If you own a condominium or a property within a homeowners association, the association’s behavior could derail your home sale.

The lender looks not only at your financial situation, but also at the financial condition of the condo association or HOA. When selling your home, you could face delays or even a canceled sale because of the association’s problems, including:

Delinquencies on association dues. Lawsuits. Limited cash reserves. Too little insurance. Too many renters.

Any one of these issues could prevent a prospective buyer from getting a mortgage to buy your home, particularly if it is a condo.

Sellers within a condo or an HOA should ask questions before selling their homes, or they could face these unexpected financing issues.

“Homeowners should investigate the security of their association before listing their home, so they know what issues may or may not come up during negotiations with buyers,” says Amy Tierce, regional vice president of Fairway Independent Mortgage in Needham, Mass. “Fannie Mae, Freddie Mac and (the Federal Housing Administration) all have guidelines in place to protect consumers from financial difficulties within an HOA or condo.”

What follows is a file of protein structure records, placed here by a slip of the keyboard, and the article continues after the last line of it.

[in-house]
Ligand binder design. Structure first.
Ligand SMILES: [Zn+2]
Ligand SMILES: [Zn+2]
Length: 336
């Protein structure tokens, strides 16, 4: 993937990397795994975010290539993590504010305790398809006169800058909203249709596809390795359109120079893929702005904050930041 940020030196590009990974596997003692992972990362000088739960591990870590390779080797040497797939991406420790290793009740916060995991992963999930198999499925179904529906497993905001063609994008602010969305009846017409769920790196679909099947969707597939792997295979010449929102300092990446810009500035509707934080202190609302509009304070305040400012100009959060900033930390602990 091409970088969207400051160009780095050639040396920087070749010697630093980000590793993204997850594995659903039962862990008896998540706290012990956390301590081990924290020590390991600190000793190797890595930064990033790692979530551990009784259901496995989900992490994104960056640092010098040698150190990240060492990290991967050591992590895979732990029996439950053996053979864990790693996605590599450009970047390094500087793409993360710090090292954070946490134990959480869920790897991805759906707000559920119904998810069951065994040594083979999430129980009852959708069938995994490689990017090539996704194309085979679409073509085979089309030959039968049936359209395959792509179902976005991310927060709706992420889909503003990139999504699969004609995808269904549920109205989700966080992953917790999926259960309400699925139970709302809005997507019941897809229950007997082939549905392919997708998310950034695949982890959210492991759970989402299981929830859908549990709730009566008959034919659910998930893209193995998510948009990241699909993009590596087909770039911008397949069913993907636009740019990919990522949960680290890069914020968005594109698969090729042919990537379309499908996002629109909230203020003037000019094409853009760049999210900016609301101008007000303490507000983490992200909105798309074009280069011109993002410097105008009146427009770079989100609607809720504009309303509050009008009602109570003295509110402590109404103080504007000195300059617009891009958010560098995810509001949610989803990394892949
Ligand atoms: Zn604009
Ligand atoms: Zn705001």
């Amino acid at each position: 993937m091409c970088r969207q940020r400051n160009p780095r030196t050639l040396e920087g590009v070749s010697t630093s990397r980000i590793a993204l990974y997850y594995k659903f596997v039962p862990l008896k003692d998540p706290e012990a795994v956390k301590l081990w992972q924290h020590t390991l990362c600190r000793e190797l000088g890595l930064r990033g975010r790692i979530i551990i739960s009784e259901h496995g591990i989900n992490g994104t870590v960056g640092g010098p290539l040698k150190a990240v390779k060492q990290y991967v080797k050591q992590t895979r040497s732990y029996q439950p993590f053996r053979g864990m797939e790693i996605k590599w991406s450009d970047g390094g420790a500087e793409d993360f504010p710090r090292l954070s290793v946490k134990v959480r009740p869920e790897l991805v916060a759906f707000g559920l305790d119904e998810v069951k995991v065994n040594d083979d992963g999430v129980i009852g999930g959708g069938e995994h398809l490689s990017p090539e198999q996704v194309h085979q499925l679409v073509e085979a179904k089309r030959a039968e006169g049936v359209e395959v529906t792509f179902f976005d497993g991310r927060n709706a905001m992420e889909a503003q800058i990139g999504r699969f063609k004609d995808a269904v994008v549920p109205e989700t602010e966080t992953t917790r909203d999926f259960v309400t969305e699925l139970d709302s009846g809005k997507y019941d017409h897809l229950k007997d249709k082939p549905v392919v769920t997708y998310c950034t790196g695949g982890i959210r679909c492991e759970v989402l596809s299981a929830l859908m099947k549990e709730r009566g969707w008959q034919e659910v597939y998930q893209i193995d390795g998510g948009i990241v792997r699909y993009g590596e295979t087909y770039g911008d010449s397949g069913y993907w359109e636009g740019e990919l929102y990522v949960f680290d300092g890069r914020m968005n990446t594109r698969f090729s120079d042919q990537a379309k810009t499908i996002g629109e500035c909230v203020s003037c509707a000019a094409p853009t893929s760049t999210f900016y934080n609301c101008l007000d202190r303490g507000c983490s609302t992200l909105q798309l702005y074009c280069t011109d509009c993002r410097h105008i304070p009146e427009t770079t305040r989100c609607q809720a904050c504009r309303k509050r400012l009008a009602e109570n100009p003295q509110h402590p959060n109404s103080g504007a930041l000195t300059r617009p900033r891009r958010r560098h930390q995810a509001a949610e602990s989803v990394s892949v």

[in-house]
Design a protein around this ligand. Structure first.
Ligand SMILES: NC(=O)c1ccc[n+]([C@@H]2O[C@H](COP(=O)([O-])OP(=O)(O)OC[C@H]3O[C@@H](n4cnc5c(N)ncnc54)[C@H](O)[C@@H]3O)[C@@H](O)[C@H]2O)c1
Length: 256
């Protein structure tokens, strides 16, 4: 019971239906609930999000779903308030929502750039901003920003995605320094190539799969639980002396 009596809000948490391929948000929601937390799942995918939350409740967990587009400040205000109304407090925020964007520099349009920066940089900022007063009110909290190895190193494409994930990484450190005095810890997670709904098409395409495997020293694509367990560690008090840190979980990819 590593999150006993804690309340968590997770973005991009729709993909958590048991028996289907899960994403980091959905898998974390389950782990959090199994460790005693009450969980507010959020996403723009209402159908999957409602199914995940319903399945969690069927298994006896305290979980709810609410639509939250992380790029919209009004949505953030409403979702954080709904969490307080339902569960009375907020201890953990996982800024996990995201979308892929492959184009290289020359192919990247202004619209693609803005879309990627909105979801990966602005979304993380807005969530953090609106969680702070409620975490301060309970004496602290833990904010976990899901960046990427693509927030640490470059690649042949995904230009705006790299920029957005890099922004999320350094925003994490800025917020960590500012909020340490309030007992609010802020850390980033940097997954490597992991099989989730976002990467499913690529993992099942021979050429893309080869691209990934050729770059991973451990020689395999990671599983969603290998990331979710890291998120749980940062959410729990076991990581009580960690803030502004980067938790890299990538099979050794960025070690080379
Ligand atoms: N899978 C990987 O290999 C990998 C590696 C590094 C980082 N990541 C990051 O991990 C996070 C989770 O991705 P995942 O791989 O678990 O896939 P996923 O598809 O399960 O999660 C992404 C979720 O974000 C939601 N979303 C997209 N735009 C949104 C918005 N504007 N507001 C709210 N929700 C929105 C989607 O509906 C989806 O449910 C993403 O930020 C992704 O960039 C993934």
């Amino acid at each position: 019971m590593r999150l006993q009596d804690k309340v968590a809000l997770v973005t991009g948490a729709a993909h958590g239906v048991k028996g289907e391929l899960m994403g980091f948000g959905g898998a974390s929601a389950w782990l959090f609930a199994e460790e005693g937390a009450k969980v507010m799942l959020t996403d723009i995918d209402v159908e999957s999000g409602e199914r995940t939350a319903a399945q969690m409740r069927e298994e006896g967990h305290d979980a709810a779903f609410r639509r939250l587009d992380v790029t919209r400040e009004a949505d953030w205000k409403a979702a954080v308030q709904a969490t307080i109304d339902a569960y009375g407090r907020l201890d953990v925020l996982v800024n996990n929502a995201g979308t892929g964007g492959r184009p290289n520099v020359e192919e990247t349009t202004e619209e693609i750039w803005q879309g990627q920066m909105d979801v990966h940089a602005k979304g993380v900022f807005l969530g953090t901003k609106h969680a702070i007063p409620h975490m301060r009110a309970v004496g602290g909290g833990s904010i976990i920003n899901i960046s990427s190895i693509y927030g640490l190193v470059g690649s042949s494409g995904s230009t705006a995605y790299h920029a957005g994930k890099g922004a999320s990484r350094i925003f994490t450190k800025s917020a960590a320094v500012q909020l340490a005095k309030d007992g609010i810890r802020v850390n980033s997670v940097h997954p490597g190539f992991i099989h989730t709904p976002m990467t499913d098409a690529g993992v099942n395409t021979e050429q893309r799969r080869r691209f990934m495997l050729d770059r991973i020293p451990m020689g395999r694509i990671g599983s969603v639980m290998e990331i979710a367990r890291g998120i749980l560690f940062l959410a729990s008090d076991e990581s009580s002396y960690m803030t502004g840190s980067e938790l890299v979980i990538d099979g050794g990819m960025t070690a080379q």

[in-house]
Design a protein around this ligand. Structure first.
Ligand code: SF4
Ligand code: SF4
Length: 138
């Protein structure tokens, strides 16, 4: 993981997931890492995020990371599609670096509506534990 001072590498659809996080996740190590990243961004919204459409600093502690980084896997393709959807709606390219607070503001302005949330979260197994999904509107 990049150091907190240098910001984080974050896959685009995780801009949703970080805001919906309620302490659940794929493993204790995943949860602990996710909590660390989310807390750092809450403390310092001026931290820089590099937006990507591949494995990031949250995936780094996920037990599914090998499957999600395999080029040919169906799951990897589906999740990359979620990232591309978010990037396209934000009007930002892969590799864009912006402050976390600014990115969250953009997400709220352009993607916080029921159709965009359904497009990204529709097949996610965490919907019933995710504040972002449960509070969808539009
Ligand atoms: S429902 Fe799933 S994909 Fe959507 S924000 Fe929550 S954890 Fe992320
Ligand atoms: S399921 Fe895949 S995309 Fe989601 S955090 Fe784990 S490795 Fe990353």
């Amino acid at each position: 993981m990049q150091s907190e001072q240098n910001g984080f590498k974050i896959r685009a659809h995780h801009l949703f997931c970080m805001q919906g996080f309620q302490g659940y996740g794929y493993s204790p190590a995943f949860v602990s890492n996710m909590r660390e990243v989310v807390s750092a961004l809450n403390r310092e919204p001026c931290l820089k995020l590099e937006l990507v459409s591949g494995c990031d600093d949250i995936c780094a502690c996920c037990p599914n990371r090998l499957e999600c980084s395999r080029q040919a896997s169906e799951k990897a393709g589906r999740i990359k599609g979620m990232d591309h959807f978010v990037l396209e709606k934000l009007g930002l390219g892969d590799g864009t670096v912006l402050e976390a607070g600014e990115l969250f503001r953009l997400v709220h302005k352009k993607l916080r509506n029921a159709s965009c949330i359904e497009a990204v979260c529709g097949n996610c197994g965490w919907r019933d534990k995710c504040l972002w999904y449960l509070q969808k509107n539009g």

While conventional, FHA and Veterans Affairs loans all require condo associations to meet a variety of standards, owners within homeowners associations have just one issue that could delay buyers’ ability to obtain financing.

“HOAs must have a master insurance policy that covers common areas and community amenities for liability issues,” says Doug Benner, a senior loan officer with Embrace Home Loans in Rockville, Md. “Lenders require proof of adequate coverage before they’ll approve a loan. I recently worked with a buyer in a community where the management was shopping for a new insurance policy. We had to push them to get the policy papers ready because the renewal date was the same day as the closing, and the loan couldn’t close without the insurance document.”

Tierce says Fannie Mae and Freddie Mac require at least $1 million in a master liability insurance policy for an HOA. She suggests the seller track down a copy of the master insurance policy before listing a home to check the amount and the renewal date.